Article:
Kabbalah of Character
The class examined all the different sefirot: keter, da'at, chochmah, binah, chesed, gevurah, tiferet, netzach, hod, yesod, and malchut. After weeks of exploring intellectual and emotional sefirot, we looked at malchut as an example of action in the last class. After exploring chracteristics like chesed (lovingkindness) in ourselves, it was time to shift the focus to practical applications. And in that last class (billed as "Think Globally, Act Locally: Translate your vision for the world into personal action"), everything really seemed to come together. All our questions of "What is my role in the world?" and "In what way can I best serve my purpose by helping the world?" seemed to lead to an obvious but important conclusion: by taking action.
What kind of action? Well, that depends on who we are, what we’ve said is important to us in our private journal exercises, and the ways we’re best suited to make a difference. We read a Maimonides quote that said, "A person must view the world as if it were a scale equally balanced. If he chooses to do a negative act, there will be negative repercussions; if he will choose to do a positive act at this particular time, the scale will tilt towards redemption and salvation." The instructor pointed out that performing mitzvot and being kind to others are good ways to "tip the scale" ever so slightly toward the positive side.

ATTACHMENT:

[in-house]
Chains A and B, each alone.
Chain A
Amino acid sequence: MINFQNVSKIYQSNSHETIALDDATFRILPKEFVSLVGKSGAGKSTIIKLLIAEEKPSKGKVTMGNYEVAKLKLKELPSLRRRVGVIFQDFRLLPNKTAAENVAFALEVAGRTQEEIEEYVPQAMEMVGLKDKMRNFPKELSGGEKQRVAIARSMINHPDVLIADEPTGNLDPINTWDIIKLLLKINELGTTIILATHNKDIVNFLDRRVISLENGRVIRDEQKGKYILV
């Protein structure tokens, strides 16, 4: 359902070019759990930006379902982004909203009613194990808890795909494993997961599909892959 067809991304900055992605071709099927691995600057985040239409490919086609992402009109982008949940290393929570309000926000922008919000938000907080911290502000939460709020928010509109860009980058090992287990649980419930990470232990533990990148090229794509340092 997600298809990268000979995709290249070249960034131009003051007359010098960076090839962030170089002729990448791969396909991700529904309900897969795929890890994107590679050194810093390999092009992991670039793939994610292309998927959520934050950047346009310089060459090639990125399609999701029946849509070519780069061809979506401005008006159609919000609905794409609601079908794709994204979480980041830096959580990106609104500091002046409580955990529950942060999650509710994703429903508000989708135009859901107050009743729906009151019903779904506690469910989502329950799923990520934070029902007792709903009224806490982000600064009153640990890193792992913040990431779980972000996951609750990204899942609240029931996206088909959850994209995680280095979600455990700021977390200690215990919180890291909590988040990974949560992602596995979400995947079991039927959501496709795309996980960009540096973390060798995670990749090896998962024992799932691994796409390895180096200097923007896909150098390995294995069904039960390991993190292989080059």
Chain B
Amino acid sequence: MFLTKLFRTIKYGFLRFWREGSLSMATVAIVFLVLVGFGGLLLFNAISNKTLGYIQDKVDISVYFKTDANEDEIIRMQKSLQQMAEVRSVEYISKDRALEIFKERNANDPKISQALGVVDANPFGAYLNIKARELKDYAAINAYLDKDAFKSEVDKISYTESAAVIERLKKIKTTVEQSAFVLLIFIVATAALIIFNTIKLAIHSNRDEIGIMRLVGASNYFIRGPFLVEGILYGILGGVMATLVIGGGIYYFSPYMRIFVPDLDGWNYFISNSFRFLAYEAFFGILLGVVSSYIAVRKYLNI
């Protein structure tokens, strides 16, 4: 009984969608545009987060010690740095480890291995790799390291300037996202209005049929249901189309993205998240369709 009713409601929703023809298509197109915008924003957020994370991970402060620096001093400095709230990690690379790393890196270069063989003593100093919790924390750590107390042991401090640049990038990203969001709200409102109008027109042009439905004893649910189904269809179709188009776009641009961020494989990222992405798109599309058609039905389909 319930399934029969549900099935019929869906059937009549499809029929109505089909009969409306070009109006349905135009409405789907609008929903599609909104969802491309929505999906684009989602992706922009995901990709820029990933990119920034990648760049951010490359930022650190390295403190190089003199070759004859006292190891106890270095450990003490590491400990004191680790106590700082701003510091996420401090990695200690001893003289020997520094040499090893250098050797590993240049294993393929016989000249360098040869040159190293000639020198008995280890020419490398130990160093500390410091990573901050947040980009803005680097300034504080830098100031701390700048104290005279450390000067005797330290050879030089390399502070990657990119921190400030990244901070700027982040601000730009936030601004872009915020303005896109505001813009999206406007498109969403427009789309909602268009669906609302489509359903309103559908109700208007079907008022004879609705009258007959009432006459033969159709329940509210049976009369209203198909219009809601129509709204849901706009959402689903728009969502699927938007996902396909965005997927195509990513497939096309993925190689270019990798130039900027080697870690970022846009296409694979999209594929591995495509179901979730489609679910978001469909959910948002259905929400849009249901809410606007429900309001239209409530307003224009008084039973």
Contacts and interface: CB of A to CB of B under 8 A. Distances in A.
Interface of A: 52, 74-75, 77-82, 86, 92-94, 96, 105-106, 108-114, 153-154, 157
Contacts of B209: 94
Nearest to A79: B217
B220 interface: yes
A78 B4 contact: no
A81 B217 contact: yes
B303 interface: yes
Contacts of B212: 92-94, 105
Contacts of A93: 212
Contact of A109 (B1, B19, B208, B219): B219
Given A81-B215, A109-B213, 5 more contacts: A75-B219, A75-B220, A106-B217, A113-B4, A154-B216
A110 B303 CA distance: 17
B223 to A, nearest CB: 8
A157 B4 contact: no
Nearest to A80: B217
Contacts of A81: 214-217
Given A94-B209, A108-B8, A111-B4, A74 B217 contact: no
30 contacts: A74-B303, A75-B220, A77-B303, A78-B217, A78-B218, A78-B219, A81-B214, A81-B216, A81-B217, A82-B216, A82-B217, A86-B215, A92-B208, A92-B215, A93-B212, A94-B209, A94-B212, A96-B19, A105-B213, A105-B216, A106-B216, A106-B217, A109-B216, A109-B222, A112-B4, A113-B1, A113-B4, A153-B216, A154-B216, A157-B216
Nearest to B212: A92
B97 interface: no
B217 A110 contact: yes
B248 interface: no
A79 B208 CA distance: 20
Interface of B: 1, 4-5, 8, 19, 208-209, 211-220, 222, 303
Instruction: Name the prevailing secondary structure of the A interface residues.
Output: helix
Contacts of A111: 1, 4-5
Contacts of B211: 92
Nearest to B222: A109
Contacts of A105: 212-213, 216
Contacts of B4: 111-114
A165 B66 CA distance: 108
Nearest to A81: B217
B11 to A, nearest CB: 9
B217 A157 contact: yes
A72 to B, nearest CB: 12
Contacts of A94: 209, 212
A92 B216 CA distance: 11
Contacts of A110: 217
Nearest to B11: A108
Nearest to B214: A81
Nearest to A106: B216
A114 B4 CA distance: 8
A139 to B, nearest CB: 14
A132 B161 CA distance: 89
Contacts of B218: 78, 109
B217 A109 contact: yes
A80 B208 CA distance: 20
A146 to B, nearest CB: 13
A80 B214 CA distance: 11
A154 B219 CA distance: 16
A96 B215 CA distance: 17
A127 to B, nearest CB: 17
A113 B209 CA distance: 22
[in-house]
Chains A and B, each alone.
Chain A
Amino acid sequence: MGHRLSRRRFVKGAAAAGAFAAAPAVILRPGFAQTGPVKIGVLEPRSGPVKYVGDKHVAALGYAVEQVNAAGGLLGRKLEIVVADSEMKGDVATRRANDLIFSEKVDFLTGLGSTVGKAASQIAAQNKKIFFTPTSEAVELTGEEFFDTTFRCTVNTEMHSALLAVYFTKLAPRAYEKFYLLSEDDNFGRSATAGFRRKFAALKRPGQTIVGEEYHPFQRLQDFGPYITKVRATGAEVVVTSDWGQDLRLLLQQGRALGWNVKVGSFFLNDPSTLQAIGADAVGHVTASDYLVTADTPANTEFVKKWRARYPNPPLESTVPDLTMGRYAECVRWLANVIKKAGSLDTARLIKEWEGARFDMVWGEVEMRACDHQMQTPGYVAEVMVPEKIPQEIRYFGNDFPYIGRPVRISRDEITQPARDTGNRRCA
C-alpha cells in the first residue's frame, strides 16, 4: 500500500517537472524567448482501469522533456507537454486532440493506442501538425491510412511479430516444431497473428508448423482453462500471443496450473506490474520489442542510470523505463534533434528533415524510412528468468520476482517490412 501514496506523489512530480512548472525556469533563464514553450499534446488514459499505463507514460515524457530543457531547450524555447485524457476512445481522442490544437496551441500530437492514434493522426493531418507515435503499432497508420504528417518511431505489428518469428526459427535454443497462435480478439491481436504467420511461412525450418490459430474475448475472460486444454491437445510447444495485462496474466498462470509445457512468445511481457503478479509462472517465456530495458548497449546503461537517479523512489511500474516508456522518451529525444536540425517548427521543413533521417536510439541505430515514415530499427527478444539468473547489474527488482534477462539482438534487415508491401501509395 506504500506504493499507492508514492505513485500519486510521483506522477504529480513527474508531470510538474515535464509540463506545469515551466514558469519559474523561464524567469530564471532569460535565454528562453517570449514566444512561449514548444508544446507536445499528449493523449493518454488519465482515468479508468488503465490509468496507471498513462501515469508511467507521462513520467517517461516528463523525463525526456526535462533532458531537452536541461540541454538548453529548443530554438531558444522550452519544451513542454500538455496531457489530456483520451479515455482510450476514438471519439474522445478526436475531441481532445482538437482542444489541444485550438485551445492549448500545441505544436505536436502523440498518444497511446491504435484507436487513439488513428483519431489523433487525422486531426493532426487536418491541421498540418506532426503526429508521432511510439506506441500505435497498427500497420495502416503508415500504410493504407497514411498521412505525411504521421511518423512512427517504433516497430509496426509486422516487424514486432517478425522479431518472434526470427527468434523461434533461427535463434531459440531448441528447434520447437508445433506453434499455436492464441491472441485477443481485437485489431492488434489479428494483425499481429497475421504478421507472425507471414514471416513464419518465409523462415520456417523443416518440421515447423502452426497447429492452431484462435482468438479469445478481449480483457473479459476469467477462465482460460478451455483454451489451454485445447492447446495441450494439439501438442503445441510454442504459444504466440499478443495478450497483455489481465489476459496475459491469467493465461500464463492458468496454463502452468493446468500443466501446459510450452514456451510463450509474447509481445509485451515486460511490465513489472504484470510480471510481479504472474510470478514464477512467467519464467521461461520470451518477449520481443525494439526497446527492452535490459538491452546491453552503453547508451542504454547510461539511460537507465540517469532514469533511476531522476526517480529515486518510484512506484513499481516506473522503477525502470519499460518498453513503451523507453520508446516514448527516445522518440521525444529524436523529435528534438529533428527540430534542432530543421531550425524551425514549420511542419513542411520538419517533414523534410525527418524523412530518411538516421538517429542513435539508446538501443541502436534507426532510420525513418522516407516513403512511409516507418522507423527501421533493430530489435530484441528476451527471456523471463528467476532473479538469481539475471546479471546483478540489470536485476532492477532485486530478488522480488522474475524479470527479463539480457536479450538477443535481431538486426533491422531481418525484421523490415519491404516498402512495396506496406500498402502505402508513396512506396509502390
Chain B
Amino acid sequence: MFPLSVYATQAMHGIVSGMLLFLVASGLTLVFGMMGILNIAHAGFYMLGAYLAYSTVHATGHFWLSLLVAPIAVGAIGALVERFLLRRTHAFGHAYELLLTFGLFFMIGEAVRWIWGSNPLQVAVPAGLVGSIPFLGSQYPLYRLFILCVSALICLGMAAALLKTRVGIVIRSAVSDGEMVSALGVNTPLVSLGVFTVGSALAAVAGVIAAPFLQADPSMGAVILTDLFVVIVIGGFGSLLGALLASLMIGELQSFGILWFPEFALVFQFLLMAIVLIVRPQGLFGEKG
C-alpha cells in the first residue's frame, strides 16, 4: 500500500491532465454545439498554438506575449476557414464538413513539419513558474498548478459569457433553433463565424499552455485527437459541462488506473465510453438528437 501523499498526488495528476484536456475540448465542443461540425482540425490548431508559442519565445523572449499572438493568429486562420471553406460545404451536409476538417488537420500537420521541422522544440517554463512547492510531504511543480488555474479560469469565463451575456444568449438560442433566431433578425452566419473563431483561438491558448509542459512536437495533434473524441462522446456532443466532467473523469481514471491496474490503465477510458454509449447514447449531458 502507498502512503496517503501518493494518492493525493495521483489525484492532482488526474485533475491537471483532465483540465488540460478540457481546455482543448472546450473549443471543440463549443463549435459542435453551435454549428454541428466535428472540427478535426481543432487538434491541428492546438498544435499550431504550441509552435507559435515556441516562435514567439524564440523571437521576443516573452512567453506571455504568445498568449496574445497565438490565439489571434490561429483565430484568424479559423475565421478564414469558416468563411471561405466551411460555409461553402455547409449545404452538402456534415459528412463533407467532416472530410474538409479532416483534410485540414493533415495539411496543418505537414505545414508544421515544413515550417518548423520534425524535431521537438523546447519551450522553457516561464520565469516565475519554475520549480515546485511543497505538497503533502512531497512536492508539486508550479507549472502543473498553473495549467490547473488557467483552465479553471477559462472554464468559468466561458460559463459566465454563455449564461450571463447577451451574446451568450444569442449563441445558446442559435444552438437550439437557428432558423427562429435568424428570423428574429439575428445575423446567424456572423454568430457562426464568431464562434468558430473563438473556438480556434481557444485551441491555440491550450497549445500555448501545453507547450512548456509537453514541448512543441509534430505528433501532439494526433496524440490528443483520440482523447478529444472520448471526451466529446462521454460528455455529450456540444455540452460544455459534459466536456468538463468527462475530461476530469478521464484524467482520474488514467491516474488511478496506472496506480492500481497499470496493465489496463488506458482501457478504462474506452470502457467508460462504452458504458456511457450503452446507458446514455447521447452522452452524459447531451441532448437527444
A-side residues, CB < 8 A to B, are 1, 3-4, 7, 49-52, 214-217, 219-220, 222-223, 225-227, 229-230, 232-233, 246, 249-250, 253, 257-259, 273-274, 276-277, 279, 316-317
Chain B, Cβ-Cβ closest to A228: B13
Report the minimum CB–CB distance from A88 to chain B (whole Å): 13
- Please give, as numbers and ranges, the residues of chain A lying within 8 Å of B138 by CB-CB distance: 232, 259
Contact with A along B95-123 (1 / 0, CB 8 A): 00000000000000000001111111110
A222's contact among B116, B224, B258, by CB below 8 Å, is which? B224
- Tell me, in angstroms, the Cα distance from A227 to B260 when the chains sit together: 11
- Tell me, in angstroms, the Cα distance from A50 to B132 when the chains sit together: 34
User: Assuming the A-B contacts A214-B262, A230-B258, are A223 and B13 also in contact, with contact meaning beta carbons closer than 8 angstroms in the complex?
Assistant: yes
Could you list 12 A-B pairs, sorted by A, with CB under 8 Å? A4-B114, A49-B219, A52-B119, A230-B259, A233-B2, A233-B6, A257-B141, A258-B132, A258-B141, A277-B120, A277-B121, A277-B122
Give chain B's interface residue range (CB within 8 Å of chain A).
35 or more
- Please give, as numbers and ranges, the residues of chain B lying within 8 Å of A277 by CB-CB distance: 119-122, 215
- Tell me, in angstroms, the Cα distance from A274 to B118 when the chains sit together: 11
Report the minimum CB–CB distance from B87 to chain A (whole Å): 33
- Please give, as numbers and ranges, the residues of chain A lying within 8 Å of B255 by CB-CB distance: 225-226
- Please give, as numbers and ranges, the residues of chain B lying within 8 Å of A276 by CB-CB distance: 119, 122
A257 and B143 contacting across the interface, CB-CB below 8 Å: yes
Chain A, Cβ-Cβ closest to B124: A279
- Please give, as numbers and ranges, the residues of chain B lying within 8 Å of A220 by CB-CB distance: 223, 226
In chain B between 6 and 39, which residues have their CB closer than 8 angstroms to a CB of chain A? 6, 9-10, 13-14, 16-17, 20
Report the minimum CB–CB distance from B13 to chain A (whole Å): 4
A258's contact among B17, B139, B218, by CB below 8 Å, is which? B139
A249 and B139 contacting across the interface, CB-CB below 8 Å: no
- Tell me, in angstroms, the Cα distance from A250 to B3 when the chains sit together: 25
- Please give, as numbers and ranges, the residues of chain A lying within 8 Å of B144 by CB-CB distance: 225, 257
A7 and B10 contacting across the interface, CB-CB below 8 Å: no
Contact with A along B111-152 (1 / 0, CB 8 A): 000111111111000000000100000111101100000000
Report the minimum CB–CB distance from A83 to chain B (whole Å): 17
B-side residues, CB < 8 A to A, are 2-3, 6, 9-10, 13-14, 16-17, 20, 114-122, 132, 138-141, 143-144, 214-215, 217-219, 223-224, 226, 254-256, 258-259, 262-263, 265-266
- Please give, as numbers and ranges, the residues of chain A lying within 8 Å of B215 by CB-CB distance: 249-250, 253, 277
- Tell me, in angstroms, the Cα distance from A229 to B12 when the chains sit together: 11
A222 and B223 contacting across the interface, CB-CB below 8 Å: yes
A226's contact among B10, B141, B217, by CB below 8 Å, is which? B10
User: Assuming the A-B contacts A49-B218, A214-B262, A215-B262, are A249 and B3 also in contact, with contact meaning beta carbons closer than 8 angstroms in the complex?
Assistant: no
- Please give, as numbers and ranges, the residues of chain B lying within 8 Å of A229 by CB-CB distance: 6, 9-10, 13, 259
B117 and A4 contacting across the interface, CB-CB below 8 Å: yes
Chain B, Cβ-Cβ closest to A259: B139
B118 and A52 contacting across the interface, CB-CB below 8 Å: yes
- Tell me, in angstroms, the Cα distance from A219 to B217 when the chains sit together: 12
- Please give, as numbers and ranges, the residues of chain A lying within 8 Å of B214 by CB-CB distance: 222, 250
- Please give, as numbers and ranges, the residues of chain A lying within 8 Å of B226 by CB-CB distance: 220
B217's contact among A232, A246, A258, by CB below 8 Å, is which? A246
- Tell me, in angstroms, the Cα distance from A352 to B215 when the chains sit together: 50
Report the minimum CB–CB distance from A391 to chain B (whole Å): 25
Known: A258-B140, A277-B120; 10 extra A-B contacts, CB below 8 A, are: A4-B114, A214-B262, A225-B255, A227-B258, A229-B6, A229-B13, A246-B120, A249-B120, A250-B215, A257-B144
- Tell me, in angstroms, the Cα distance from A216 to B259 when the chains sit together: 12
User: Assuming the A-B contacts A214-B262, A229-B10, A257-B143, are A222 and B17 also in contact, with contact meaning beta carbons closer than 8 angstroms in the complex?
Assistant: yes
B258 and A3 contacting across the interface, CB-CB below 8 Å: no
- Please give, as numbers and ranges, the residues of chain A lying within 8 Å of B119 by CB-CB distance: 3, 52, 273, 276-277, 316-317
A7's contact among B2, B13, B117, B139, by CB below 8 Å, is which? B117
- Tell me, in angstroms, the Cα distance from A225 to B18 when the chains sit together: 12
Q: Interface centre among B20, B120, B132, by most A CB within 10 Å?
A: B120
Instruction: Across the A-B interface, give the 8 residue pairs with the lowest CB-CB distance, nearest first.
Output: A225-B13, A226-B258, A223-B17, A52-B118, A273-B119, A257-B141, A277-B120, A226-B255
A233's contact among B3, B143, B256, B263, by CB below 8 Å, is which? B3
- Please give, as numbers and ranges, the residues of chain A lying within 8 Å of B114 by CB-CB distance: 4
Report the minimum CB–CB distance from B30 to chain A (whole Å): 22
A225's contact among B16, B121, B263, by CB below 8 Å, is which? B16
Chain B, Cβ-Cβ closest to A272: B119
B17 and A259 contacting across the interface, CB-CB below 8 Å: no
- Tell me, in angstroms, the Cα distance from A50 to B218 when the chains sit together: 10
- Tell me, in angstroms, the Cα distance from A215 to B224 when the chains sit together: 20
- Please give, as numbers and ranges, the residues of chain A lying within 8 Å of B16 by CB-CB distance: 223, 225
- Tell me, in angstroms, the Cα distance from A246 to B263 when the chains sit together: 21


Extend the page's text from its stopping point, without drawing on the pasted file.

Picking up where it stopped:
But are there ways to tip the scale more than slightly? Shouldn't we aim for more? Of course, I don't mean to imply that Maimonides or the instructor would say "No" to these questions. But I think they are important questions to ask. I'm reminded of a quote from Quaker leader Stephen Grellet that I frequently come across: "I expect to pass through the world but once. Any good therefore that I can do, or any kindness I can show to any creature, let me do it now." I suppose we aren’t required to try to tip the scale a massive amount, but in the face of horrible conditions for animals (or any other worthwhile cause, for that matter), shouldn’t we aspire to tip the scale as much as we can? It’s food for thought, and there’s no one right answer.
The final quote in the final chapter of our textbook—also from Maimonides—struck me:
Just as the wisdom of a wise person is recognizable in his intellectual pursuits ... so too should it be recognizable in his actions, the way he eats, and so forth ...."The way he eats"? Maimonides is almost certainly referring to kashrut, but I still read into it in my own way.